Most of the meals I had during the trip were nouvelle and at brasseries or cafes. Some were touted by the guidebooks and tourism offices. I was not impressed. As a matter of fact, I began to wonder if I would leave France not having had a decent meal?

Then there was the Last Supper at the Red Horse where Peter Aubry, founder and chef since 1978, dished up one of the most splendid meals I have ever, ever eaten. In style he is not unlike Pierre Koffman, owner of London’s now defunct La Tante Claire. When he says ‘sauce’ he means ‘reduction’ and not cream or butter.

Eating one of Peter`s meals was like eating Koffman’s. The produce was so pure. The cooking was so basic. You felt you could do the whole thing over again once you`d finished eating.

So, what did I have? Of course, the Bresse chicken... the culminating gourmet treat of the trip... presented on a plate of China white... the bird was white as snow. Its skin was translucent, almost transparent. The flesh was firm yet juicy. This patrician bird of birds is the result of an intensive regimen of free range foraging (for snails); diet (buttermilk and corn) and a month or so of rest before the kill.

But you couldn’t go wrong. Everything was superb. I had Farmhouse pate in aspic to start whilst another ordered snails (the freshest, most buoyant snails I have ever seen) These snails had the cleanest, whitest shells and whilst I don’t know precisely the method of breeding and kill I suspect like most things Bresse it is immaculate. Another had timbales of courgette and aubergine puree. Delicious!

Most of us ordered the Bresse chicken, but one or two had lamb or veal. The puddings were local – nougat house sundae, winemaker pear; and there was an assortment of superb local cheeses.

Leaving the table without feeling bloated, I plumped for a demitasse and a brandy, and sat around in absolute heaven until the owners turned us all out at closing time.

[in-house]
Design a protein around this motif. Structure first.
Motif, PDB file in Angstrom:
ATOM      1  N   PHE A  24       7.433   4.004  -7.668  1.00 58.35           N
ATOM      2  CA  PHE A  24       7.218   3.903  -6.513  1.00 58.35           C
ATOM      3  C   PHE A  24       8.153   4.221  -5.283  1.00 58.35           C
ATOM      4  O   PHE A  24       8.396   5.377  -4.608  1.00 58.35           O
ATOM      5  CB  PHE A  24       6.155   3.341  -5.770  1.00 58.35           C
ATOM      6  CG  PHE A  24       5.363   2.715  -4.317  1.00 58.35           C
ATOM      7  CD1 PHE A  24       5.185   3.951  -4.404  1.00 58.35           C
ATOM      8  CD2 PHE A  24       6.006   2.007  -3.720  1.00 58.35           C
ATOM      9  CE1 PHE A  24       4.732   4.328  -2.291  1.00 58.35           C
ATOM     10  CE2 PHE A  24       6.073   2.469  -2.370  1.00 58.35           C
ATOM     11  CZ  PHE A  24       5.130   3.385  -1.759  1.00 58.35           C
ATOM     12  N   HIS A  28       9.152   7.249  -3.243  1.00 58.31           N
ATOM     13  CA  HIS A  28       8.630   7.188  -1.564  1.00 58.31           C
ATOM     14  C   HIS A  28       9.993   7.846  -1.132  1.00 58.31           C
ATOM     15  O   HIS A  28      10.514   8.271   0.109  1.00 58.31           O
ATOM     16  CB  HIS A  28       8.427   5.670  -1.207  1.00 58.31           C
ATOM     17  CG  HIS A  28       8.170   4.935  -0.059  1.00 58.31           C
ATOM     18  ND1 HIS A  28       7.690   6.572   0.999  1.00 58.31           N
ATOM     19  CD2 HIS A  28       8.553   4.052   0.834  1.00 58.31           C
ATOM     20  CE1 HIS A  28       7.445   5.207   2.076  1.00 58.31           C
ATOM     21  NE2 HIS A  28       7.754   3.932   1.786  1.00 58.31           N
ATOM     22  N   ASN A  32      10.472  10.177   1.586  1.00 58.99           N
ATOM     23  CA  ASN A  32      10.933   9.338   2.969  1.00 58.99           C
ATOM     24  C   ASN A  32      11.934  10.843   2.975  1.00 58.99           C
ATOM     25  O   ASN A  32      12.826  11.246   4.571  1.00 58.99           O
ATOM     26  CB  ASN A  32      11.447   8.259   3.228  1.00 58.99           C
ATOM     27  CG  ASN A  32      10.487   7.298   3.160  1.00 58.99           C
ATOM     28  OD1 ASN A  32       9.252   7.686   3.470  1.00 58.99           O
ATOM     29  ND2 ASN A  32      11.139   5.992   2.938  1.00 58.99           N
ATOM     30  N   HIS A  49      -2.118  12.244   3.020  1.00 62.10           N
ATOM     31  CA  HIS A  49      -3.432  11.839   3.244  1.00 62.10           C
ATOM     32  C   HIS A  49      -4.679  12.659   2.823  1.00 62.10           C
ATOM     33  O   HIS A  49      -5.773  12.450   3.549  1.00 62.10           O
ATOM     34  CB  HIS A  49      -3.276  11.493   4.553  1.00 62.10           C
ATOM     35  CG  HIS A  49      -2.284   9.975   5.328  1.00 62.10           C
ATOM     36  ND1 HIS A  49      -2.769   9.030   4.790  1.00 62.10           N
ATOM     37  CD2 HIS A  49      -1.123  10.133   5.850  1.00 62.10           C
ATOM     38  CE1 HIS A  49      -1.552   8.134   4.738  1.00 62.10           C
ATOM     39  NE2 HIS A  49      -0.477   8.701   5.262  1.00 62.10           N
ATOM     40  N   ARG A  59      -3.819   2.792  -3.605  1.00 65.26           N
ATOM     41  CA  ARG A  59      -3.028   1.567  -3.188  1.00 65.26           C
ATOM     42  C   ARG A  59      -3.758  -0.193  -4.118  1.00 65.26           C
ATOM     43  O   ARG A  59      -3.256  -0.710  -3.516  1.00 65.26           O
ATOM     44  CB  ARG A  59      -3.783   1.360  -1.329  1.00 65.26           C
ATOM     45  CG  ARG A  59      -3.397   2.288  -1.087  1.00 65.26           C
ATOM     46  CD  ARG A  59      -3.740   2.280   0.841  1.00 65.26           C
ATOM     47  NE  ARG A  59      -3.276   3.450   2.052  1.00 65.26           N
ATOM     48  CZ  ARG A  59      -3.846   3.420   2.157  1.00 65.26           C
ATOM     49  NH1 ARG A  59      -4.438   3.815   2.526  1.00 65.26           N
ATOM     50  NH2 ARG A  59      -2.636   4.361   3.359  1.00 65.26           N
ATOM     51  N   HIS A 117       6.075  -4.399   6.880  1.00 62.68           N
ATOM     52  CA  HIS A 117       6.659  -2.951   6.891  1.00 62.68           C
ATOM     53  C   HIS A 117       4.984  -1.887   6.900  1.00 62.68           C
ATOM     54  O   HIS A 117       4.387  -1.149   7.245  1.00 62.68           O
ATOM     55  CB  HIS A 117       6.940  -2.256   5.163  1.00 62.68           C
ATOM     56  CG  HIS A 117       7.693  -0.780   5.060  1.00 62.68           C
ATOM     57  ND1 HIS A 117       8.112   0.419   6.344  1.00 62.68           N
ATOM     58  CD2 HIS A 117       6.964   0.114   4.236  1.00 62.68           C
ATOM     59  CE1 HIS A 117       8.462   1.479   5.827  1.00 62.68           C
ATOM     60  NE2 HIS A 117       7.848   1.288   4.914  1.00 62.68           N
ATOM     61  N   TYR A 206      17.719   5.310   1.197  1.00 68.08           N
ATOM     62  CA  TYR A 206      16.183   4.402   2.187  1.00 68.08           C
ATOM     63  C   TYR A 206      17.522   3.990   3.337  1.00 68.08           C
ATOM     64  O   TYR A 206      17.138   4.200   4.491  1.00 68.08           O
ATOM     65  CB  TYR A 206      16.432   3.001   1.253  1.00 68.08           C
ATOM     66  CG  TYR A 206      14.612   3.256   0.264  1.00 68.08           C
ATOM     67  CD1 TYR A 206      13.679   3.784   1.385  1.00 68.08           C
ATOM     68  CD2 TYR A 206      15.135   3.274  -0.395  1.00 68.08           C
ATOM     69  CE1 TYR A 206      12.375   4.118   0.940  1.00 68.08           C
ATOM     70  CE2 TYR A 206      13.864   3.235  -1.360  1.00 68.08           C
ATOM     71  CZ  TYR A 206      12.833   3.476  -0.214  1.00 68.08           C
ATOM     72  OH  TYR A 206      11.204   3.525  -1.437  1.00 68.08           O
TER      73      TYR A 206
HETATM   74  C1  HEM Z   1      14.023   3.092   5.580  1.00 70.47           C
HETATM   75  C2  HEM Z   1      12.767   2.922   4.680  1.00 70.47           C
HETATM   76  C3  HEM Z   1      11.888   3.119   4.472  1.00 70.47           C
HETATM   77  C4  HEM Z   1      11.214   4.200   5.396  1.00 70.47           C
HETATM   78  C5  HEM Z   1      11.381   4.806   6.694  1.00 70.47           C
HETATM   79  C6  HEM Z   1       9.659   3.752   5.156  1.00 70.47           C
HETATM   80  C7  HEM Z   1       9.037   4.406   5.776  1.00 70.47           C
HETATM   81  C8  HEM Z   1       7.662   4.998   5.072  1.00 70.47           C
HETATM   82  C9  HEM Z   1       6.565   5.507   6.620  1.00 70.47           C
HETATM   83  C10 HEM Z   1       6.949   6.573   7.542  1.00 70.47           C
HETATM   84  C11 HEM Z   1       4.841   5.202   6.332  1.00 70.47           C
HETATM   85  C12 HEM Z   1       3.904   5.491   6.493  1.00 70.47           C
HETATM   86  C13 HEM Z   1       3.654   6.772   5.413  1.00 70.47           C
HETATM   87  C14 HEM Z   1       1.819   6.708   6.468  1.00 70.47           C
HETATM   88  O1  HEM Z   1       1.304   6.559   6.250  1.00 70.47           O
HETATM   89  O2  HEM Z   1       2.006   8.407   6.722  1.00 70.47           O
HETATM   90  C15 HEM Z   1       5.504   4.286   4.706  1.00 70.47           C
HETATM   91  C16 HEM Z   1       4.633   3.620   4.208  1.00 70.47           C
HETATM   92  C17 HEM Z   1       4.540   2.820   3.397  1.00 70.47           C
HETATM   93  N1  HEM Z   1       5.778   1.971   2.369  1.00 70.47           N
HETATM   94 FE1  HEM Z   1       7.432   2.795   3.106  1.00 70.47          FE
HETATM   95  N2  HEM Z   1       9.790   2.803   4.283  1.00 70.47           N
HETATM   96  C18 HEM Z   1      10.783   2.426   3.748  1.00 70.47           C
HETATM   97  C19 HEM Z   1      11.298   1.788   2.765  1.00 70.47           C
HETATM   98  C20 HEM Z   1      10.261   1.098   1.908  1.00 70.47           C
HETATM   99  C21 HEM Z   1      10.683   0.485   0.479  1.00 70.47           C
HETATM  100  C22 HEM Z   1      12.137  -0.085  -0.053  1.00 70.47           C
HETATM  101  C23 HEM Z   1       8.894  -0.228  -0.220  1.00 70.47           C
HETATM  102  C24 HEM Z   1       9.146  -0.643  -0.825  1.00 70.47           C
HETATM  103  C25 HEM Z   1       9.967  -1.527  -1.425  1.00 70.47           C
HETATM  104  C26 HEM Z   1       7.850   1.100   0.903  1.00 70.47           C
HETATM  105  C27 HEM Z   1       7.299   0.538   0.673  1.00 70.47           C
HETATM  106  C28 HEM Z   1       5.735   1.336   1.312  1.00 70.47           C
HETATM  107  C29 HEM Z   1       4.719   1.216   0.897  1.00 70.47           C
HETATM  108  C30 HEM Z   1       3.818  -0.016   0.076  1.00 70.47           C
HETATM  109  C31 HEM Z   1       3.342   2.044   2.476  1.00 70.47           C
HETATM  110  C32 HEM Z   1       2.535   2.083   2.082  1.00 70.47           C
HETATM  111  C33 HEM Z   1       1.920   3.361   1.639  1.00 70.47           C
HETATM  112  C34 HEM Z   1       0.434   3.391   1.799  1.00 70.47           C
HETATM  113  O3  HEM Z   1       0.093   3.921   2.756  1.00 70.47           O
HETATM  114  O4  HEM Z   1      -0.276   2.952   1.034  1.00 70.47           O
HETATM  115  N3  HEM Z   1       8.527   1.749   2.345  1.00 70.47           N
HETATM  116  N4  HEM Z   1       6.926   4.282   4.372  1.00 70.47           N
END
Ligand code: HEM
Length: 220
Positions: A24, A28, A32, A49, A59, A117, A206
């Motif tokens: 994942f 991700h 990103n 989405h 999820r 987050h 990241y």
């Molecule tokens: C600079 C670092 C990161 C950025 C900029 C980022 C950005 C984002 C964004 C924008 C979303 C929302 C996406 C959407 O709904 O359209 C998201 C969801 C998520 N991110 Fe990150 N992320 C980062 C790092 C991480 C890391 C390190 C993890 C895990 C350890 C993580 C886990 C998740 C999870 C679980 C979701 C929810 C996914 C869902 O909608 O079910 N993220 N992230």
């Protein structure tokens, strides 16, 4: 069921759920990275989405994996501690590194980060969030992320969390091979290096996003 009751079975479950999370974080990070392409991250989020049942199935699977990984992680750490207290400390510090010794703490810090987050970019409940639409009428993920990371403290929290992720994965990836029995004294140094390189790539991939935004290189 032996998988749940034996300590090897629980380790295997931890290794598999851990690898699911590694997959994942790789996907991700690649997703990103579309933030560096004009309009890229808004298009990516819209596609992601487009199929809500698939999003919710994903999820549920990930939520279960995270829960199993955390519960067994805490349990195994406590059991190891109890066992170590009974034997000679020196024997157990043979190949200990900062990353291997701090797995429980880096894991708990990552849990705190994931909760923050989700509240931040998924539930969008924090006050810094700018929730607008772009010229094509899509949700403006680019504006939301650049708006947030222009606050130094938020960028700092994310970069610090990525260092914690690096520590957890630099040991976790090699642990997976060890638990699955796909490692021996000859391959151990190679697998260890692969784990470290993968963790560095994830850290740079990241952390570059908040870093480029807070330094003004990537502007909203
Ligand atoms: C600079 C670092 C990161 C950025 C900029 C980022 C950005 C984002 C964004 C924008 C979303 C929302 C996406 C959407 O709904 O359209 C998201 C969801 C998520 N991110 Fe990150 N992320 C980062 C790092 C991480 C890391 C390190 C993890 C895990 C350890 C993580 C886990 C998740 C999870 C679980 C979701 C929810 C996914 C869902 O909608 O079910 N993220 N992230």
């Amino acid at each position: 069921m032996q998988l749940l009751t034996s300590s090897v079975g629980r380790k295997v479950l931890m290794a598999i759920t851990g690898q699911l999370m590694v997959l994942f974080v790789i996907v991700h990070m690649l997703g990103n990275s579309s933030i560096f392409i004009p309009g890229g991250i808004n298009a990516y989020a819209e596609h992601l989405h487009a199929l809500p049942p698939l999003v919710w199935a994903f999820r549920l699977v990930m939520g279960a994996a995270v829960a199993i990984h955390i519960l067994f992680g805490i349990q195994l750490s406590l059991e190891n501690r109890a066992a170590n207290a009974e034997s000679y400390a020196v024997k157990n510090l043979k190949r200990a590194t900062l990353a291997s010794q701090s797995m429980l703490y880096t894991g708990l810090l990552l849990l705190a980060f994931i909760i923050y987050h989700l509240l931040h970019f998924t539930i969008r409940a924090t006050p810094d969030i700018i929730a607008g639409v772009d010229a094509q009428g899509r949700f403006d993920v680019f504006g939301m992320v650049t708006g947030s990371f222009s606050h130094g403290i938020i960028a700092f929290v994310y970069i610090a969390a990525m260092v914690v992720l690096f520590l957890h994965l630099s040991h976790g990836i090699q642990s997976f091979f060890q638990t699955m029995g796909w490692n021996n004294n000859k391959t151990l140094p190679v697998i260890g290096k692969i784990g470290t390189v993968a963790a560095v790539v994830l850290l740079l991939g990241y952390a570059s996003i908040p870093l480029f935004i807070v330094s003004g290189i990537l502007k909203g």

Monday has been Louhan`s market day since having got its charter in the 13th century. The market spans some 10 hectares supporting three distinct precincts. On the High Street you’ll find fruit and veg and cheese and produce. There`s a great cheesemonger selling a rare Bresse Blue and another proferring Savarin from Dijon.

Around the 14th century Gothic church of St Pierre (that resplendent roof of glazed coloured tiles) traders sell clothes, shoes, handbags and wristwatches. It reminds a bit of Covent Garden market today but at a fraction of the price.

A group of local ladies were fighting over the purchase of floral print French pinneys (or housecoats) – the kind which were popular in the Fifties and still are in this part of France.

One woman shouted to the trader, ‘How do I look?’ The trader pointed toward a hitched-up try-on room (right in the middle of the market) replete with mirror, hangings and frame. The woman smiled. She entered. The deal was done.

The third and last precinct is the agricultural market where local farmers come to sell everything from Longface clocks and Wellington boots to farm feed and garden tools.